Aims and structure of TOK
Although TOK doesn’t have a concrete syllabus, which is examined at the end of the course, it still has a clear structure, and set of aims. At theory of knowledge we try to tie TOK to the ‘4Cs’ of education – critical thinking, collaboration, communication, and creativity. And we explore the core theme, optional themes, and areas of knowledge via our 6 Big Questions.
Aims of TOK
Theory of knowledge is the ‘flagship course’ of the Diploma not only because it is unique, but also because it draws together all the knowledge that is learned in other courses, and questions the validity of what we think we know. Amongst other things, it seeks to do the following:
- To help students to discover the richness of knowledge, and to realize how empowering knowledge can be.
- To examine how knowledge is built up, examined, and evaluated by individuals and societies.
- To reflect on how we learn – both inside and outside school – and to make links between the academic disciplines and our thoughts, feelings and actions.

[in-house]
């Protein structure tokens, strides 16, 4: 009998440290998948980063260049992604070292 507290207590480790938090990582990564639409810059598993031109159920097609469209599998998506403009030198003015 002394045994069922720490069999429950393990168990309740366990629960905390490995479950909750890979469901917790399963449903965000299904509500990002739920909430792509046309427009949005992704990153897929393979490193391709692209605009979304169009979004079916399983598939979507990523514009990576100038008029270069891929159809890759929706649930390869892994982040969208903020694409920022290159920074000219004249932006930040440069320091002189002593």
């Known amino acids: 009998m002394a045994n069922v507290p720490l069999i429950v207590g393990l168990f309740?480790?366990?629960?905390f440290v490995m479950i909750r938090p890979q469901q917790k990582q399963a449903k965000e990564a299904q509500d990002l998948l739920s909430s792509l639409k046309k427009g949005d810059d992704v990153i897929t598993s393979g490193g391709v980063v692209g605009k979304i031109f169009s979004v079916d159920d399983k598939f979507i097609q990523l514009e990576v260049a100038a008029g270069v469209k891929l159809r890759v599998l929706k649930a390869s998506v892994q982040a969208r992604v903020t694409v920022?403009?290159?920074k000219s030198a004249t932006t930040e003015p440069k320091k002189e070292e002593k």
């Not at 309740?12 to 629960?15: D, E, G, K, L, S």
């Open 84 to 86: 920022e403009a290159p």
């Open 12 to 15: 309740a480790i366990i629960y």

- To reinforce the idea that there are many different ways of thinking and perspectives, and assumptions we have because of our cultural and individual positions may obscure the way we see the world.
- To suggest some of the responsibilities that may come with knowledge.
In our first BQ unit, we align TOK to the ‘four Cs’ of education, arguing that TOK helps students to think critically, be creative, learn collaboratively, and communicate their ideas. Not only does this provide 4 clear aims for the course, it also demonstrates how relevant TOK is to the modern world.
Exploring the TOK themes and areas of knowledge
Although we arrange the TOK course around the BQs, the site also allows you to explore any aspect of the course in extra depth via the exploration points. These are found on every the page for the core theme, the optional themes, and the areas of knowledge, and comprise questions and tasks, links to media sources, advice on how to draw on the 12 key concepts, and other support. They are particularly useful when it comes to your students creating their exhibitions and essays.